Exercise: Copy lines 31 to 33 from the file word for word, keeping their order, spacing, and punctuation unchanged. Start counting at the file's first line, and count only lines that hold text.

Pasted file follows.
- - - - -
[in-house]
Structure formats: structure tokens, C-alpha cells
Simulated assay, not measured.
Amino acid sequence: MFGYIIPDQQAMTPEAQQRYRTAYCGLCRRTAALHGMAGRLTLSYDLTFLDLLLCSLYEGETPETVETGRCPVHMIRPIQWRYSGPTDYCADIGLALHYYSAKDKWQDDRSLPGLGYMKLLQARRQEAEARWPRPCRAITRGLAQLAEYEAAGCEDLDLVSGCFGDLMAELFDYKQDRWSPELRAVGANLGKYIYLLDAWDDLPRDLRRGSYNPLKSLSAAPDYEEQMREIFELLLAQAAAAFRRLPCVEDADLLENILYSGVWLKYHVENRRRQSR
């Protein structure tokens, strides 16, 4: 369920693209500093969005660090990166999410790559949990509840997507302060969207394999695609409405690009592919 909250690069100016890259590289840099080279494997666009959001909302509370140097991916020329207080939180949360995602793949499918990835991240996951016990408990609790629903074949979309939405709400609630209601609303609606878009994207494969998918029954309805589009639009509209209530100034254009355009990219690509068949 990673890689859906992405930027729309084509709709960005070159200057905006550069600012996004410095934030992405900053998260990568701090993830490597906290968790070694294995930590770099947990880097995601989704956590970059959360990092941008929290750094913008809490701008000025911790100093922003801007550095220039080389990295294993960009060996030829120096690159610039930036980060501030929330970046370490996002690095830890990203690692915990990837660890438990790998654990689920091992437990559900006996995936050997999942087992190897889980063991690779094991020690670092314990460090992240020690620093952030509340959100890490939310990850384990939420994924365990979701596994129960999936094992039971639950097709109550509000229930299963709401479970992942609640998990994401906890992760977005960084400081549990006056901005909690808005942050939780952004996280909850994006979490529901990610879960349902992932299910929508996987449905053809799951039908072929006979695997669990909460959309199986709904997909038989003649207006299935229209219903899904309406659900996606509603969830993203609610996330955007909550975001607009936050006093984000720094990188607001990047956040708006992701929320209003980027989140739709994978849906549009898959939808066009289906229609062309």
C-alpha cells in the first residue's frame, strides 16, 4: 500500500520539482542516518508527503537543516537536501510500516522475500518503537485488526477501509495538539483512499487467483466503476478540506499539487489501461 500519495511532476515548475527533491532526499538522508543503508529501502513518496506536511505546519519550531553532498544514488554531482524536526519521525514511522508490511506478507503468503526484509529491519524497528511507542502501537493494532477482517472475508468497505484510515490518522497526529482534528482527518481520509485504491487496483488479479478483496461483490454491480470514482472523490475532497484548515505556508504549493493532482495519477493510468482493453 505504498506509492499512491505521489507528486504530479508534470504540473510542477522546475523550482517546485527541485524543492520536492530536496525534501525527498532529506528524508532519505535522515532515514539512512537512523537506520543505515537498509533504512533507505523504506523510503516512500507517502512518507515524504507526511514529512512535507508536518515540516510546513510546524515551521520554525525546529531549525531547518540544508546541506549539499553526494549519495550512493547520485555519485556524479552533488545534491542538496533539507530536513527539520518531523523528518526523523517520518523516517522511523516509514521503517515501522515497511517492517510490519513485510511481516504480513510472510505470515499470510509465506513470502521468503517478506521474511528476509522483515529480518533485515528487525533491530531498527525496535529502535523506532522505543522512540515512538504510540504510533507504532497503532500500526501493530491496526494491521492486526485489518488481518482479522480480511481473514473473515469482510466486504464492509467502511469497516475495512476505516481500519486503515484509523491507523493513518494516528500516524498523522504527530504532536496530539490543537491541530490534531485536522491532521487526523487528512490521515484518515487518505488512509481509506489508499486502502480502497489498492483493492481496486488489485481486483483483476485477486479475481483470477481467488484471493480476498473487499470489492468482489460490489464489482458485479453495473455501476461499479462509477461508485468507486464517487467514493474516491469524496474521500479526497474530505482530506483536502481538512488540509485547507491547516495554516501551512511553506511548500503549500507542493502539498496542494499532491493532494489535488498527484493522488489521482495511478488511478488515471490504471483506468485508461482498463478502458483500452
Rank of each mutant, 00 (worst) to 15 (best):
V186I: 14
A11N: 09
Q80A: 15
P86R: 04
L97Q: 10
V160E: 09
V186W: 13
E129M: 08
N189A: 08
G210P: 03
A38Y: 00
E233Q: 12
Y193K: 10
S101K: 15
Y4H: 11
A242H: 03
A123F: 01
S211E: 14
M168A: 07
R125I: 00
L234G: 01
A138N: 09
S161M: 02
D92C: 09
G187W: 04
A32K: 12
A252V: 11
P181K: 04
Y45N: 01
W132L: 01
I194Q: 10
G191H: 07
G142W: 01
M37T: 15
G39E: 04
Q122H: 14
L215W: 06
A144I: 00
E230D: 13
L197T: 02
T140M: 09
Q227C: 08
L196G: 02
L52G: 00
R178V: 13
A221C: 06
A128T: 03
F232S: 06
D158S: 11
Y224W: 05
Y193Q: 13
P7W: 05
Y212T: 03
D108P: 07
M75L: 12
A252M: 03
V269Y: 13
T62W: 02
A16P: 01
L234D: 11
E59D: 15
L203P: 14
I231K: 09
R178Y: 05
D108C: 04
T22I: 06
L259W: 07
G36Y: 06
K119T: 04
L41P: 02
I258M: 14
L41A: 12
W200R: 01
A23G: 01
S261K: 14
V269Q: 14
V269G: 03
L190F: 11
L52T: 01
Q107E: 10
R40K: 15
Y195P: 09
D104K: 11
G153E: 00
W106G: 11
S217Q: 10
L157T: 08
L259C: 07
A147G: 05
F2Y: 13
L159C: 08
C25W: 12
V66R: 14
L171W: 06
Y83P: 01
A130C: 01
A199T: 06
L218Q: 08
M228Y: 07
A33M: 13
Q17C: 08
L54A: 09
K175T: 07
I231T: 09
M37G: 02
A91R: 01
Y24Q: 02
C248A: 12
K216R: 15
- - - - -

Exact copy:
D92C: 09
G187W: 04
A32K: 12